Fundamental Theorem of Calculus
The fundamental theorem of calculus actually tells us the connection between differentiation and integration. This connection is discovered by Sir Isaac Newton and Gottfried Wilhelm Leibniz during late 1600s. There are two parts of the fundamental theorem of calculus.
 First fundamental theorem of calculus (FTC 1)
 Second fundamental theorem of calculus (FTC 2)
We are aware of the fact that differentiation and integration are the reverse processes of each other and the first fundamental theorem of calculus (FTC 1) justifies it. We are also aware that a definite integral is evaluated first by evaluating the indefinite integral and then substituting the upper and lower bounds, and this process is justified by the second fundamental theorem of calculus (FTC 2).
What Is the Fundamental Theorem of Calculus?
There are two parts of the fundamental theorem of calculus as discussed in the previous section. These theorems are powerful as they are helpful in evaluating the definite integral (or they are helpful in calculating the area between the curves) without using the Riemann sums. Here are the statements of the fundamental theorems of calculus.
Let us learn in detail about each of these theorems along with their proofs.
First Fundamental Theorem of Calculus (FTC 1)
The first fundamental theorem of calculus is used to find the derivative of an integral and so it defines the connection between the derivative and the integral. Using this theorem, we can evaluate the derivative of a definite integral without actually evaluating the definite integral. The first fundamental theorem of calculus (FTC 1) is stated as follows.
If f(x) is a function that is continuous over [a, b] and differentiable over (a, b) and if F(x) is defined as F(x) = \(\int_a^x\) f(t) dt then F'(x) = f(x) over the interval [a, b].
(OR)
\(\dfrac d {dx}\) \(\int_a^x\) f(t) dt = f(x)
Let us prove this theorem now.
Proof of First Fundamental Theorem of Calculus (FTC 1)
By the definition of the derivative of a function,
F'(x) = \(\lim _{h \rightarrow 0} \dfrac{F(x+h)F(x)}{h}\)
It is given that F(x) = \(\int_a^x\) f(t) dt. Using this definition in the above equation,
F'(x) = \(\lim _{h \rightarrow 0} \dfrac{1}{h}\) [\(\int_{a}^{x+h}\) f(t) dt  \(\int_{a}^{x}\) f(t) dt]
By a property of definite integrals, \(\int_a^b\) f(x) dx =  \(\int_b^a\) f(x) dx. Using this in the above equation,
F'(x) = \(\lim _{h \rightarrow 0} \dfrac{1}{h}\) [\(\int_{a}^{x+h}\) f(t) dt + \(\int_{x}^{a}\) f(t) dt]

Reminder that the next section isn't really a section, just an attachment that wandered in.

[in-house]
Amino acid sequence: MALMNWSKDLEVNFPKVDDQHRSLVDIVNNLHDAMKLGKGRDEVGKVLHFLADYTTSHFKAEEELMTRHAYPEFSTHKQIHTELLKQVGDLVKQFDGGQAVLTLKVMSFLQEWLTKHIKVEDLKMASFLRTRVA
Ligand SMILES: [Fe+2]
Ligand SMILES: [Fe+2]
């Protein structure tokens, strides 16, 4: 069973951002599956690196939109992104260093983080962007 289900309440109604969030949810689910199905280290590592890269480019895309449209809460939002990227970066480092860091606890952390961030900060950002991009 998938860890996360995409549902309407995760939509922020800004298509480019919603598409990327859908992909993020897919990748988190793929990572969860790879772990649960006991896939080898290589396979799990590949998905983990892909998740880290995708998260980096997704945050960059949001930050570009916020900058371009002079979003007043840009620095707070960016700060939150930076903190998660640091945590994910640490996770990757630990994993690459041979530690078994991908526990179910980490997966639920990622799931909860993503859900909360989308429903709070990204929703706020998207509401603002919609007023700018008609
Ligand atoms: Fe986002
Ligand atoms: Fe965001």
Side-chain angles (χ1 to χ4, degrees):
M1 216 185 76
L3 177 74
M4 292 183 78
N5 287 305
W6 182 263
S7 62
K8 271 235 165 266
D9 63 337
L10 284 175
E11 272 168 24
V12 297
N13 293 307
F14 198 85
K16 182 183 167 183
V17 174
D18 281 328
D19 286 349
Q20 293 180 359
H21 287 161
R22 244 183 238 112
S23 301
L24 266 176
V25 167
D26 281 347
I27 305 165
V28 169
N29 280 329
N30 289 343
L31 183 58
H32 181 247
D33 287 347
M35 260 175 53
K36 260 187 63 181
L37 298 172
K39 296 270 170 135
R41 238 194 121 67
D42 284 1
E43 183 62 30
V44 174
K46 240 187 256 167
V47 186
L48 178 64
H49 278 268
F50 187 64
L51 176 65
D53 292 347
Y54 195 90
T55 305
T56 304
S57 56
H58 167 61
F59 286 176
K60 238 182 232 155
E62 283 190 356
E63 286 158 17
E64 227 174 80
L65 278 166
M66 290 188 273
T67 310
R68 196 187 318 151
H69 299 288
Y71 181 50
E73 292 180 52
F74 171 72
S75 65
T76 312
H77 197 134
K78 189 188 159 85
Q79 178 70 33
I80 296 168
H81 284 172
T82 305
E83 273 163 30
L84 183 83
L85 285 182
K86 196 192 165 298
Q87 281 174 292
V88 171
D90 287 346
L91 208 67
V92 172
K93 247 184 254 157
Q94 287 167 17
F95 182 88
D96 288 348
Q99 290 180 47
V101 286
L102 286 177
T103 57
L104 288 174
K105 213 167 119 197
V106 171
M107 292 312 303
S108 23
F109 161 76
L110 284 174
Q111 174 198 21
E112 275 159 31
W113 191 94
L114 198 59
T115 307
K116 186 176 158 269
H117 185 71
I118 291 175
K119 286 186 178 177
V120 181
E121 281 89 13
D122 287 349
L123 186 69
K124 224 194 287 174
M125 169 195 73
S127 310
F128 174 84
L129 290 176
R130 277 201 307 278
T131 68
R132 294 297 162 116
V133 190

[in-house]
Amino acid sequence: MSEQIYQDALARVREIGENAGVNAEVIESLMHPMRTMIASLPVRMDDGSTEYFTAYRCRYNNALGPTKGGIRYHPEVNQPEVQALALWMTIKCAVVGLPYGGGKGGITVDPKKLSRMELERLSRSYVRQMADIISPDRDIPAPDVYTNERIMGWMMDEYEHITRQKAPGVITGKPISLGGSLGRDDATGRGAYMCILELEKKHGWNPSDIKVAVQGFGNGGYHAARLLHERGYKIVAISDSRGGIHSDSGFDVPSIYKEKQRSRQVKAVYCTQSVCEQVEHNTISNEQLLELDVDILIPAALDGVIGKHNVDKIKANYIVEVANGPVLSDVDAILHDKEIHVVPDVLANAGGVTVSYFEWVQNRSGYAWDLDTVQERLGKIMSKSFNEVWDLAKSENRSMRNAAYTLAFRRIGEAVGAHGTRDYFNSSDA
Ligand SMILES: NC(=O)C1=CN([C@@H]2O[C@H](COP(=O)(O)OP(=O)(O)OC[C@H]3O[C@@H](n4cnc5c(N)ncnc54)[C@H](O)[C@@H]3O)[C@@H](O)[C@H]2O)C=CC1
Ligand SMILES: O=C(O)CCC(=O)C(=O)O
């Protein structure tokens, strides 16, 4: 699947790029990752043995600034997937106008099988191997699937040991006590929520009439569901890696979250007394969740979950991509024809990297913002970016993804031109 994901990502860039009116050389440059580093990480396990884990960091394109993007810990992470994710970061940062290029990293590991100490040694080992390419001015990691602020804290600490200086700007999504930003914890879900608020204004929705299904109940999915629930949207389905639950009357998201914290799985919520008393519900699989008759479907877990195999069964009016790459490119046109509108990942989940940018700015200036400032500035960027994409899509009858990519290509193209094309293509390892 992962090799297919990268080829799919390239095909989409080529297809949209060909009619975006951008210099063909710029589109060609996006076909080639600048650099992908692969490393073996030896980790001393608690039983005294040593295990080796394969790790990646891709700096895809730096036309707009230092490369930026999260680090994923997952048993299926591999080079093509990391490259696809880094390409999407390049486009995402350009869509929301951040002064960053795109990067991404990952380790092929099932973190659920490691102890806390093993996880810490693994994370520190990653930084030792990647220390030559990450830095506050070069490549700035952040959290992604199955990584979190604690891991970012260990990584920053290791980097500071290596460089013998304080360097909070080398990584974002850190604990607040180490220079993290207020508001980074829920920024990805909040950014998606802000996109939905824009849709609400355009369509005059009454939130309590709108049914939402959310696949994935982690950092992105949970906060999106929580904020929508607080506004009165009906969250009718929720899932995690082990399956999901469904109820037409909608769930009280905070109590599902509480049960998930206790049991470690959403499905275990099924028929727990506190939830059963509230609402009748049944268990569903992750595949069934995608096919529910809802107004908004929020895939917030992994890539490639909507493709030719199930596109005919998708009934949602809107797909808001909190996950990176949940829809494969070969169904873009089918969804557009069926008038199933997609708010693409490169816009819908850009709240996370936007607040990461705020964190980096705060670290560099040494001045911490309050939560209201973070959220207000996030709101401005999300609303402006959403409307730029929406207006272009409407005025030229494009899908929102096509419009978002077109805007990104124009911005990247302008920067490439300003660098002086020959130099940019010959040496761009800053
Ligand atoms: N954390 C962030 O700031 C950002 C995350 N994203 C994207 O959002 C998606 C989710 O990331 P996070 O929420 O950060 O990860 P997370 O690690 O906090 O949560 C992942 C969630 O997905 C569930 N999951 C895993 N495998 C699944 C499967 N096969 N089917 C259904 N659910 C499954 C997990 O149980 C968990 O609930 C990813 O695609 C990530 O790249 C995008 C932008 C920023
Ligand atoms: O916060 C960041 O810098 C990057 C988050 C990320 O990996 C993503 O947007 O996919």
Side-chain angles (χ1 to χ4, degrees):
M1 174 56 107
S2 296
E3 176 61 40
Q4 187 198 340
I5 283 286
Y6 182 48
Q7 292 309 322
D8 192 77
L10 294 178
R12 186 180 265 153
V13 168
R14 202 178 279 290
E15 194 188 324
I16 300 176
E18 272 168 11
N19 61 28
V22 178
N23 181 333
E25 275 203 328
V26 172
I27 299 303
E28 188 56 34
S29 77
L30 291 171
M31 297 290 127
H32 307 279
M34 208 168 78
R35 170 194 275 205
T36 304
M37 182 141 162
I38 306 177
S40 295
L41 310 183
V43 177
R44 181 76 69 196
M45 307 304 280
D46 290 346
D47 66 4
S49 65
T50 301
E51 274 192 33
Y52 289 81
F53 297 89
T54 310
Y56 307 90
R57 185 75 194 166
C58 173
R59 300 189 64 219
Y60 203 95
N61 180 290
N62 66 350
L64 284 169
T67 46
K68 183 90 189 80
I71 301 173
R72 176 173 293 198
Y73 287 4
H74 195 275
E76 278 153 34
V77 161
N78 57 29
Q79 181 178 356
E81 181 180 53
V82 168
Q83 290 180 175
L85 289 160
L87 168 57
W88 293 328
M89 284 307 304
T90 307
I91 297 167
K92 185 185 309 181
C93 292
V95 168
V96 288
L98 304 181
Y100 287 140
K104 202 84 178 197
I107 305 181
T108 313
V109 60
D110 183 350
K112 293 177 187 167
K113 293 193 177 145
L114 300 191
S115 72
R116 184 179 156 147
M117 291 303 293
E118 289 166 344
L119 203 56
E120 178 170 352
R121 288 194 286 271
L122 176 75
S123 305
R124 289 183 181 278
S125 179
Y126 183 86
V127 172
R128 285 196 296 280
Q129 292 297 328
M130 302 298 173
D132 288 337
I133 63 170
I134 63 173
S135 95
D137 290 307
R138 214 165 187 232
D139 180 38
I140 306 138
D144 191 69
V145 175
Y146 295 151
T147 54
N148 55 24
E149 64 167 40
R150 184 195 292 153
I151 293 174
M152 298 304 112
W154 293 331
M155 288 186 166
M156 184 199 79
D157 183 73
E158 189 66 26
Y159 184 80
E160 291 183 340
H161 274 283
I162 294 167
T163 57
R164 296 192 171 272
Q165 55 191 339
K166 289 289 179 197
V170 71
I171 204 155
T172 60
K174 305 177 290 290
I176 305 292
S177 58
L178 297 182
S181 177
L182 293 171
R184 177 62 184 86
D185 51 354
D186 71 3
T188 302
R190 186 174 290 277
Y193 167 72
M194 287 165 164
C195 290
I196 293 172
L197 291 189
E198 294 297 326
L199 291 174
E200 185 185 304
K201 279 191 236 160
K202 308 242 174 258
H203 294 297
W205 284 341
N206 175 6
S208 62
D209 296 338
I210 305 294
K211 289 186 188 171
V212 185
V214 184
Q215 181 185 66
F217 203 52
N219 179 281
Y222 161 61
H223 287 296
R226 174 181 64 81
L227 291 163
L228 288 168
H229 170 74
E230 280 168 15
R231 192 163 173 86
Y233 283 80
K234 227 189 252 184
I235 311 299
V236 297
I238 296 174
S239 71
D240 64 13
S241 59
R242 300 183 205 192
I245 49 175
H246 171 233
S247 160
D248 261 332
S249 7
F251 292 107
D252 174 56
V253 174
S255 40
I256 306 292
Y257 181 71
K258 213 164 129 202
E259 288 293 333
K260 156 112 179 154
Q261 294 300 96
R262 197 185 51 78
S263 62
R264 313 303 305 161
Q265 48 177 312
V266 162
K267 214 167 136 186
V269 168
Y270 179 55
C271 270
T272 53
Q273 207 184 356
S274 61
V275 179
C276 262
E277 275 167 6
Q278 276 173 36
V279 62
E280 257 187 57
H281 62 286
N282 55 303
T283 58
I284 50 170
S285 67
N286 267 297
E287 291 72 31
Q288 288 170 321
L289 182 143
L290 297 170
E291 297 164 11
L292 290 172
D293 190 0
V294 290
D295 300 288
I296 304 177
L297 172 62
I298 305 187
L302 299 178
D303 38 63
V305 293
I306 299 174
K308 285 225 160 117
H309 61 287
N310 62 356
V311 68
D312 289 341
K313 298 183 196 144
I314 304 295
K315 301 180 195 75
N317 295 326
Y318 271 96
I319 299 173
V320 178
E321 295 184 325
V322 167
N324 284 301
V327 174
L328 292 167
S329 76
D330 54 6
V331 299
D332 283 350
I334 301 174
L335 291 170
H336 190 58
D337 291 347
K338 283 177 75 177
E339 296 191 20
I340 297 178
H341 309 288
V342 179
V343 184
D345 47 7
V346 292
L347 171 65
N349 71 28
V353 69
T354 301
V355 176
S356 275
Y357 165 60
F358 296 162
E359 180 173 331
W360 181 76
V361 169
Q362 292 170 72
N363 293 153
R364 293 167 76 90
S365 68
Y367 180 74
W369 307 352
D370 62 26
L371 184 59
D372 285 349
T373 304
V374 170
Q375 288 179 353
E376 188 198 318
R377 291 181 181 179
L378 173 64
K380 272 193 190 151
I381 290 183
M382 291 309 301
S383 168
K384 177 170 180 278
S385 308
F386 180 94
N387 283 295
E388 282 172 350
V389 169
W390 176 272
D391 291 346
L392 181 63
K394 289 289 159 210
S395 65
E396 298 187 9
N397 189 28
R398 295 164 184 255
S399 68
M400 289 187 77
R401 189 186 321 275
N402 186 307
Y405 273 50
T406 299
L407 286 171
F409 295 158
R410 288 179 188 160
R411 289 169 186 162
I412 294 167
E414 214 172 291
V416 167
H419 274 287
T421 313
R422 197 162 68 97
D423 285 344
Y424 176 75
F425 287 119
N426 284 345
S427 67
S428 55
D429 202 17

By another property of definite integrals, \(\int_a^b\) f(x) dx + \(\int_b^c\) f(x) dx = \(\int_a^c\) f(x) dx. Using this in the above equation,
F'(x) = \(\lim _{h \rightarrow 0} \dfrac{1}{h} \int_{x}^{x+h}\) f(t) d t ... (1)
Since f(x) is continuous on [x, x + h] (this is because f(x) is continuous on [a, b] and [x, x + h] is a subinterval of [a, b]), by mean value theorem, there exists at least one point c in the interval [x, x + h] such that,
f(c) = \(\dfrac{1}{(x+h)  x} \int_{x}^{x+h}\) f(x) d x
(or) f(c) = \(\dfrac{1}{h} \int_{x}^{x+h}\) f(x) d x
(Recalling mean value theorem: If f(x) is continuous on [a, b], then there exists atleast some point c in [a, b] such that \(f(c)=\dfrac{1}{ba} \int_{a}^{b}\) f(x) dx)
Substituting this in (1), we get
F'(x) = \(\lim _{h \rightarrow 0}\) f(c) ... (2)
Since f(x) is continuous on [x, x + h] and since c is also present in this interval, by the definition of continuity,
\(\lim _{h \rightarrow 0}\) f(c) = f(x)
Substituting this in (2), we get
F'(x) = f(x)
Hence the first fundamental theorem of calculus is proved.
Second Fundamental Theorem of Calculus (FTC 2)
The second fundamental theorem of calculus says the value of a definite integral of a function is obtained by substituting the upper and lower bounds in the antiderivative of the function and subtracting the results in order. Usually, to calculate a definite integral of a function, we will divide the area under the graph of that function lying within the given interval into many rectangles and then we add the areas of all such rectangles (this process is named as Riemann integration). This theorem helps to evaluate a definite integral without using the Riemann sum (or calculating the area under the curves). The second fundamental theorem of calculus (FTC 2) is stated as follows.
If f(x) is a continuous function over [a, b] and if F(x) is some antiderivative of f(x) (i.e., F'(x) = f(x)) then \(\int_a^b\) f(x) dx = F(b)  F(a).
Let us prove this theorem now.
Proof of Second Fundamental Theorem of Calculus (FTC 2)
It is given that F(x) is an anti derivative of f(x). i.e.,
F'(x) = f(x) ... (1)
Let us define a new function g(x) such that
g(x) = \(\int_a^x\) f(t) dt.
Then by the first part of the fundamental theorem of calculus (FTC 1), g'(x) = f(x) ... (2)
Let us define another function h(x) such that
h(x) = g(x)  F(x), where x is in [a, b]
Differentiating on both sides,
h'(x) = g'(x)  F'(x)
= f(x)  f(x) (From (1) and (2))
= 0
We know that h(x) is continuous on [a, b] (as both g(x) and F(x) are continuous on the same interval) and from the above equation h'(x) = 0. Thus, h(x) is a constant function over [a, b] and hence
h(b) = h(a)
By the definition of h(x),
g(b)  F(b) = g(a)  F(a)
By the definition of g(x),
\(\int_a^b\) f(t) dt  F(b) = \(\int_a^a\) f(t) dt  F(a)
By a property of definite integrals, \(\int_a^a\) f(t) dt = 0. Thus, the above equation becomes
\(\int_a^b\) f(t) dt  F(b) =  F(a)
(or) \(\int_a^b\) f(t) dt = F(b)  F(a)
Hence the second fundamental theorem of calculus is proved.
Related Topics:
Check out more topics that are related to the fundamental theorem of calculus.